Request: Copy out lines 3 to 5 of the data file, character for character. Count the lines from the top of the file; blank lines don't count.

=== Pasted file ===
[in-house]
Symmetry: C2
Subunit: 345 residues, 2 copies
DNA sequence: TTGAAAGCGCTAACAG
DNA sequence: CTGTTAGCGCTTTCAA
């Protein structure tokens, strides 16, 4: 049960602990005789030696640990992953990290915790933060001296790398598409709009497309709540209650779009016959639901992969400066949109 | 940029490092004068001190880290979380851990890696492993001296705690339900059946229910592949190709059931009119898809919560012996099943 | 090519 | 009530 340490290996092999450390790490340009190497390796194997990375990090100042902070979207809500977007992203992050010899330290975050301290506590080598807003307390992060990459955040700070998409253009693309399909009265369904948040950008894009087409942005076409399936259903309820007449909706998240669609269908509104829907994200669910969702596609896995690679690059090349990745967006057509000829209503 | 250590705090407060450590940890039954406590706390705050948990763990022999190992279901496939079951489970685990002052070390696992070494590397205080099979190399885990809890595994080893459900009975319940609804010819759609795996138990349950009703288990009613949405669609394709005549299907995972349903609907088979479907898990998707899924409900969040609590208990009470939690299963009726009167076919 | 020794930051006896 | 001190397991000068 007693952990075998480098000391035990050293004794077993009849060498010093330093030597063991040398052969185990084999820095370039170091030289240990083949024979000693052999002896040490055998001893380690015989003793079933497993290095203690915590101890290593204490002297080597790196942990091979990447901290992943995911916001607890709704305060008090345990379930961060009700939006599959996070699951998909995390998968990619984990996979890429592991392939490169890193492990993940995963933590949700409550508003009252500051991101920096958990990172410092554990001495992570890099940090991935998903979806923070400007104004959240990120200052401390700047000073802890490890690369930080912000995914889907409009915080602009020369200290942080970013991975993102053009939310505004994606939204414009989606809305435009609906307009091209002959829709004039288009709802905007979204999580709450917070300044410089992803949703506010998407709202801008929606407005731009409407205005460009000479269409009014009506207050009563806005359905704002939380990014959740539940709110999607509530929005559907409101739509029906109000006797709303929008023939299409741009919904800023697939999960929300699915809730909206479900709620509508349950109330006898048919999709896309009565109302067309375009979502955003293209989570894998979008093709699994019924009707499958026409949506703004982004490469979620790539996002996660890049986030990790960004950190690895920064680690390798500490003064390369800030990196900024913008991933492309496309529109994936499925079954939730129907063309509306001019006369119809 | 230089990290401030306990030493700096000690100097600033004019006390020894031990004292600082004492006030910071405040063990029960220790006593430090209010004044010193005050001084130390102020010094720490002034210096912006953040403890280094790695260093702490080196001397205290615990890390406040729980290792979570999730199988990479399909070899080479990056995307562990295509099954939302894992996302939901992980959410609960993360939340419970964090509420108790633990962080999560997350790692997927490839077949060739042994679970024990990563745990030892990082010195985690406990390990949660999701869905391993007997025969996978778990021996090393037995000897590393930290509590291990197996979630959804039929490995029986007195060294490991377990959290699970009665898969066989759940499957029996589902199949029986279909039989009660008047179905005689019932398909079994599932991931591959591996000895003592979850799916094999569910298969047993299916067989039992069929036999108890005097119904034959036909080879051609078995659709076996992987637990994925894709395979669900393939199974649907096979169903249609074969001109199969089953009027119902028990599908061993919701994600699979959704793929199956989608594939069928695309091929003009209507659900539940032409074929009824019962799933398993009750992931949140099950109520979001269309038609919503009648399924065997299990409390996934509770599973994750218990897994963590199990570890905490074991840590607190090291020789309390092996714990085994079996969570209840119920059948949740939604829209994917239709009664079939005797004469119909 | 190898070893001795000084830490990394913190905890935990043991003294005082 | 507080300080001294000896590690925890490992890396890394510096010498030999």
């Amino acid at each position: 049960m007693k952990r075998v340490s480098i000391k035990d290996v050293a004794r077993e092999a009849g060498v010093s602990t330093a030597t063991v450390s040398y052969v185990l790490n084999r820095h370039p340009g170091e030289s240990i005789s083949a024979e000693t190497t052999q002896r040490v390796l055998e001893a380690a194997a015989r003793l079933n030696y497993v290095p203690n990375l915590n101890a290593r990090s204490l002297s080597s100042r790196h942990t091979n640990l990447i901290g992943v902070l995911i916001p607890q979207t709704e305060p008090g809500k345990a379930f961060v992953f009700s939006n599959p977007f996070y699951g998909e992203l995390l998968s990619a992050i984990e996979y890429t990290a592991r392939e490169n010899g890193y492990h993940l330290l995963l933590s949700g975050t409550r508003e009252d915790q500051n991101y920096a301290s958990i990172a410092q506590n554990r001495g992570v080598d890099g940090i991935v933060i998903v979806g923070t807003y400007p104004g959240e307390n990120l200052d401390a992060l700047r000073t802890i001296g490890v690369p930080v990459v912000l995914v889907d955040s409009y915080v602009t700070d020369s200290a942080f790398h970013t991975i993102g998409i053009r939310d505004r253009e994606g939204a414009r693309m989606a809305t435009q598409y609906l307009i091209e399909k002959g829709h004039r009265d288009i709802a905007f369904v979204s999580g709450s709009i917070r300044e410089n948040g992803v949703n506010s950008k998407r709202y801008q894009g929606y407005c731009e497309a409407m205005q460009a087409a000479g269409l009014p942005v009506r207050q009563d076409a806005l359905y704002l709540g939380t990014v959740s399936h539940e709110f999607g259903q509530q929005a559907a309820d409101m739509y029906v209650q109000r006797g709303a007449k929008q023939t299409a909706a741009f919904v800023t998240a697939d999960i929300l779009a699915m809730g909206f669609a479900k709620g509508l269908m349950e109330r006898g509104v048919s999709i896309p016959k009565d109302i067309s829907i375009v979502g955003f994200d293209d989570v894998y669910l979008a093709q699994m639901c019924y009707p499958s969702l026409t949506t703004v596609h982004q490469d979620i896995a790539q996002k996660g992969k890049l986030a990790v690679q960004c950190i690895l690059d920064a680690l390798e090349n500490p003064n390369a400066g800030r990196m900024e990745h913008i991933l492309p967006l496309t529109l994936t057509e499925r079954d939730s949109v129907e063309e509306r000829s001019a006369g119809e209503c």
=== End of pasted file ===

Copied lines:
Subunit: 345 residues, 2 copies
DNA sequence: TTGAAAGCGCTAACAG
DNA sequence: CTGTTAGCGCTTTCAA